The Covid kids who spent high school in their bedrooms go to college


I could still see the flashing green light of the GPS tracker peeking out from under the car’s back seat. So, I stood on my tiptoes to check if the GPS tracker was visible to anyone 6′ tall.

My phone had the GPS tracking app loaded and I was ready to go. We drove eight hours north to put my curly-haired firstborn, a hockey-playing, computer-building freshman, into his college dorm.

How did I get here? Covid.

On the last week for summer vacation eight years prior, I gave my children the trip of a life time. It was a 495-foot walk from the Capitol Hill corner shop, ALONE. They were 7 and 10, and I was putting them at risk of arrest by letting go.

Why I let my kids walk to the corner store — and why other parents should, too

Moms like mine were in the news when America decided to criminalize independence from childhood. Florida and South Carolina mothers were taken into custody after their children aged 7 and 9 were found playing in their own backyard parks. In December of that year, Silver Spring mom Danielle Meitiv was investigated for child neglect when her kids — 6 and 10 — were found walking home from a park. And the nation called her “free-range mom” and picked apart her parenting.

It messed with the heads of all Gen X parents as we wondered — what happened to us?

We’re the ones who grew up wearing house key necklaces so we could walk home from school, let ourselves in and play until our parents got home.

In kindergarten, I walked myself to the bus station and cycled more than a kilometer on grocery runs with my mom. My dad took me and another kid to the bus stop when I was 4 years old. He then visited my mom at the cafe where she worked as a waitress. We enjoyed his Marlboro reds. No one took us.

The nation grappled with something that was unwritten into law and changed generation to generation — when can children be alone? It’s 6 years old in Kansas, 8 in Maryland and 14 in Illinois. It is not listed in the statutes for thirty-nine states. They play it each case.

We tried to remember the lessons independence taught us as the boys grew older. Both knew the D.C. Metro cold and could arrange their own meals and get to appointments. It all came to a halt when they were both locked up in their bedrooms and chained to their computer screens. Thanks, covid.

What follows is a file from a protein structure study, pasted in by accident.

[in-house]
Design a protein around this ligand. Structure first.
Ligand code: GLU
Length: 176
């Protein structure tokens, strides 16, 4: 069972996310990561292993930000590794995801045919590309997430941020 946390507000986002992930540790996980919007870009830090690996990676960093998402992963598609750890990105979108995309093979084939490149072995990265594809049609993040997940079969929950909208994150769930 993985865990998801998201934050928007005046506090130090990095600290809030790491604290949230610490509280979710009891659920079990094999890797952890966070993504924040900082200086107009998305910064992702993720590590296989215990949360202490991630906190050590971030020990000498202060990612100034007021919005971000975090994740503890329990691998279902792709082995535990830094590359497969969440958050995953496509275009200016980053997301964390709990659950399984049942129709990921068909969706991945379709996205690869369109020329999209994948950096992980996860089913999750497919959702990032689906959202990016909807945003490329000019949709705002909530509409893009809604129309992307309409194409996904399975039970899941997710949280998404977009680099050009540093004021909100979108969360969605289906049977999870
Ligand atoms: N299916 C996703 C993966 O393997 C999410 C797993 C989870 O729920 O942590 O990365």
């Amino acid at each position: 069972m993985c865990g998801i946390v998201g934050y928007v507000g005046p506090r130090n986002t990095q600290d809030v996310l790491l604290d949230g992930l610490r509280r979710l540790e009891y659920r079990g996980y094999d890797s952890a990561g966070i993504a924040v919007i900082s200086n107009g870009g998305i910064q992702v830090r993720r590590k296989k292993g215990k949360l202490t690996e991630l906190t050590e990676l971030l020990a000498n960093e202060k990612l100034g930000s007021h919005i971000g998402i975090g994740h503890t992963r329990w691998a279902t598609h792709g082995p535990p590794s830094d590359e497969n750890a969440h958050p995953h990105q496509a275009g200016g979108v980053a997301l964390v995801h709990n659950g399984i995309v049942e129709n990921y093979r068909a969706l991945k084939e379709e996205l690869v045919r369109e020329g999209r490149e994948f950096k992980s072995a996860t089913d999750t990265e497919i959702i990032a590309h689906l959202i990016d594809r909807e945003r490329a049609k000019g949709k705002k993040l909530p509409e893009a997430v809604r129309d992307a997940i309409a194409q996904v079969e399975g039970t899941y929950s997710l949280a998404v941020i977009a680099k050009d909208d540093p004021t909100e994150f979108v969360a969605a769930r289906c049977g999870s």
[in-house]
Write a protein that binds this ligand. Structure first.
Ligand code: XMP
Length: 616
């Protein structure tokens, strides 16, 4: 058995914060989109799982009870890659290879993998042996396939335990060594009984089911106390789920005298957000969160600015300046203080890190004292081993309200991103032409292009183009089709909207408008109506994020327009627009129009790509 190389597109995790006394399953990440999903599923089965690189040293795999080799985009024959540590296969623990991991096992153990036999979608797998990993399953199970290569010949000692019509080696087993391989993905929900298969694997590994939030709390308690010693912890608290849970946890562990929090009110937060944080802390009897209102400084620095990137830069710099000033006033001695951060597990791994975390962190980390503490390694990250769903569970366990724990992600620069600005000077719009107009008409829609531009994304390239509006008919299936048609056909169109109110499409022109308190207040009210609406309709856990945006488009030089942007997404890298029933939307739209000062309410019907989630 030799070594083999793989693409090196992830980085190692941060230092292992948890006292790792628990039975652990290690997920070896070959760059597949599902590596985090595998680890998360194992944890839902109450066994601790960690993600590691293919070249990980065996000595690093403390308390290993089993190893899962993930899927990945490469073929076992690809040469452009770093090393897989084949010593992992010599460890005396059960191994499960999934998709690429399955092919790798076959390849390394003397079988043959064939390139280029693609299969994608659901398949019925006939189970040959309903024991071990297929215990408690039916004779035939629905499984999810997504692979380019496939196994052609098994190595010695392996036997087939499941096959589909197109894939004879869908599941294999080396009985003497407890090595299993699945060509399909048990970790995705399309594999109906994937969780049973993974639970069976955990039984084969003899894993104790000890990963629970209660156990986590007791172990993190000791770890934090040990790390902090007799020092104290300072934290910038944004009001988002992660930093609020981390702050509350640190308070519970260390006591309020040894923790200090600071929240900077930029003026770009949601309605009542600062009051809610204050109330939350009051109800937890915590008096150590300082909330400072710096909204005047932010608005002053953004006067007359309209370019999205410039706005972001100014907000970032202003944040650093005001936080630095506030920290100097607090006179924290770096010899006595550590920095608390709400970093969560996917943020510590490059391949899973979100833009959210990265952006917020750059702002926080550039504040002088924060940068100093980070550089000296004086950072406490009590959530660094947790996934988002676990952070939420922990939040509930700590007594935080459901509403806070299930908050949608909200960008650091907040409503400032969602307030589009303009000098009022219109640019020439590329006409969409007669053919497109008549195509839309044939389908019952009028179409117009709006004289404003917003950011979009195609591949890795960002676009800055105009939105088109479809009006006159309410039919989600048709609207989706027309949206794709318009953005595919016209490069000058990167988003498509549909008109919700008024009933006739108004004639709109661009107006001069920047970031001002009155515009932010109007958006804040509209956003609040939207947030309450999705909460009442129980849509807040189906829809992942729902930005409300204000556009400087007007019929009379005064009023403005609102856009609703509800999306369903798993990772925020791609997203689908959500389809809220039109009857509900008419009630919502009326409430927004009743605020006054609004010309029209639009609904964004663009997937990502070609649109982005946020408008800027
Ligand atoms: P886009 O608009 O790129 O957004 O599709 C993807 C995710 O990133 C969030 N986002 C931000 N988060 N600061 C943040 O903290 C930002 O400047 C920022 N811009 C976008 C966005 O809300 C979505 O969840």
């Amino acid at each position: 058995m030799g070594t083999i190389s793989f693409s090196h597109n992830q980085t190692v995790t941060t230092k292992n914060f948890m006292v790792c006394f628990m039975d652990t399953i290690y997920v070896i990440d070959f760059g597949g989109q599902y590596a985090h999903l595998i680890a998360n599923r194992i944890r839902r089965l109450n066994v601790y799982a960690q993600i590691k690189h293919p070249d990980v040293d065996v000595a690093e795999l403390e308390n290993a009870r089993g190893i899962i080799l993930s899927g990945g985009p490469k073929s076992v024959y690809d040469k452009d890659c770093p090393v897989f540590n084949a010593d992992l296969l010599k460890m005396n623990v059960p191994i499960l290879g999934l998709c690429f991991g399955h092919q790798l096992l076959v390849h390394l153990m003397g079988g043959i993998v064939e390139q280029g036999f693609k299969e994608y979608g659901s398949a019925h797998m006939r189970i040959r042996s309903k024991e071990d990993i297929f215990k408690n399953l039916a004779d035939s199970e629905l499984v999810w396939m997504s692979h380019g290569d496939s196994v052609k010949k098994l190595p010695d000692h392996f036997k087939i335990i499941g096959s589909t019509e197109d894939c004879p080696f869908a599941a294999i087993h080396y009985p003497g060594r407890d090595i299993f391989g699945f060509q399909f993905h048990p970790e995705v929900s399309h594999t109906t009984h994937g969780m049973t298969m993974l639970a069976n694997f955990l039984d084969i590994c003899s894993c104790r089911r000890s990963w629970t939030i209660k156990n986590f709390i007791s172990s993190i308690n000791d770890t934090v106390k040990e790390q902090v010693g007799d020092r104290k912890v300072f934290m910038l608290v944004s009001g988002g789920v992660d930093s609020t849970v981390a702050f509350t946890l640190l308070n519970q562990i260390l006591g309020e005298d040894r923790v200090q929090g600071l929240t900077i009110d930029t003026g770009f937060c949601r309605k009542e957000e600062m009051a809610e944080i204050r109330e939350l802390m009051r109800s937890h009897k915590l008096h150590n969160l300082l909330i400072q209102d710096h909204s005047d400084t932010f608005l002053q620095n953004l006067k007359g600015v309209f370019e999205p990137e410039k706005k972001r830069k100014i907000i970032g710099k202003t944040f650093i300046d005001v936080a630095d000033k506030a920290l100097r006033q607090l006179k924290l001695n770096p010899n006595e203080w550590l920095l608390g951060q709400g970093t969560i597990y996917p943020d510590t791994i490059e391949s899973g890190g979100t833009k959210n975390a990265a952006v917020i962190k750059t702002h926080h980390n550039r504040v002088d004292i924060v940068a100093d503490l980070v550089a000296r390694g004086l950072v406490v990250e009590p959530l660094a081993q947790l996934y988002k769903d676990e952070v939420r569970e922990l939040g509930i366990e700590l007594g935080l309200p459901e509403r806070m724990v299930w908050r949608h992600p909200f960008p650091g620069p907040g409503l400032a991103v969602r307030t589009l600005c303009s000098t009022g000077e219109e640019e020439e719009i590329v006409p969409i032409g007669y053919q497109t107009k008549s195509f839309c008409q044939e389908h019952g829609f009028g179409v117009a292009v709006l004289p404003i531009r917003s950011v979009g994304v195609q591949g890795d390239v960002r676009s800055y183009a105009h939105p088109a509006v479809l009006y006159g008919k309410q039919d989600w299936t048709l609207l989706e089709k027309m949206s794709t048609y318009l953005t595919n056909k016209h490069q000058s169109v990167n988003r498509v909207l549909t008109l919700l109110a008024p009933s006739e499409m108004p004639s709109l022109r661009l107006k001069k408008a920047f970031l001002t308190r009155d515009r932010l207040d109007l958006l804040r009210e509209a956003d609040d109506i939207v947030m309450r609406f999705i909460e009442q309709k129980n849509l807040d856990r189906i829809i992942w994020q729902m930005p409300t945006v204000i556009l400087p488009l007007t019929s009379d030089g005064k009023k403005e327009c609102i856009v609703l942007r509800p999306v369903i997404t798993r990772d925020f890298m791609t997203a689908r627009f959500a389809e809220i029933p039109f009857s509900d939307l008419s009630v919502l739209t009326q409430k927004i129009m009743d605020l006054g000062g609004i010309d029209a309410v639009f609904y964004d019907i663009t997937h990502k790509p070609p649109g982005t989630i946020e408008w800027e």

This summer, at 15 and 18, the independence growth curve began soaring again with the requested graduation present — a no-parent trip to New York City.

“Are you serious?” a worried friend who hasn’t spent much time in New York asked. “Aren’t you afraid someone will hurt them?”

I laughed. “The biggest danger they face is each other,” I replied.

And sure enough, by Day 2 they knew the subway, found a great comic book store in the East Village and began texting me furiously, complaining about who was taking up too much space on the bed in the economy hotel, who hogged the desk and how they blew their budget on a restaurant big brother insisted on, but little brother didn’t really like.

“So eat cheaply tomorrow,” I replied. (Okay, so I did track their locations through my debit card spending history but tried to keep it cool.

Despite their brotherly rivalry, they both agreed that it was the best part about their summer.

Another big test was next. This was for my husband as well as me: college

The 2026 college class is yet another cohort that was famine-tortured, stunted, and fried by this pandemic. Students such as my son spent nearly half of their high school years in their bedrooms. The huge leaps in independence and the milestones that lead to maturity that come from surviving highschool were missing. Colleges now accept students as young as 18 years old, but who are still emotionally and socially 15 or 16 years old.

The mid-pandemic return to school has been weird for kids — and lonely, too

So that’s how I ended up sticking a magnetized GPS tracker under the seat of my son’s car, still worried that all the early lessons on independence weren’t enough, that those covid years stunted him, withered that once-flourishing independence. What happened?

As we drove up to Massachusetts, I was overcome with emotion, especially as we passed minivans covered in bike racks filled with brightly-colored bikes. It was amazing how it went so fast. The GPS tracker’s icon on my phone’s home screen mocked me. I was a free-range fraud.

“Mom, he’s not dying,” his younger brother said.

Move-in day was a spectacle — flags and banners flying, peer mentors bounding up to help freshmen unload trunks and lamps and duffel bags, music was booming in the quad and the dorms. As he carried his magnum opus into the dorm — a water-cooled, custom PC he saved up for and built himself — an upperclassman who recognized the grandeur said: “Whoa, cool PC! What graphics card do you have in there?” He was so happy and proud, breaking out of the pandemic chrysalis that almost devoured him, he found his people.

He did everything we wanted and more than we could have hoped for. He did it.

“Let’s go to your car for a sec,” I told him, before the big goodbye. I opened the backdoor, reached under the seat, and untied the blinking GPS. I gave it to my friend.

“Mom,” my son said. “Really?”

Through 48 soppy, snotty teargas I exhaled. “I’m sorry,” I told him. “This is just so hard.”

He turned off the tracker and took it. “Thank you,” he said. “But I’ll be fine.”

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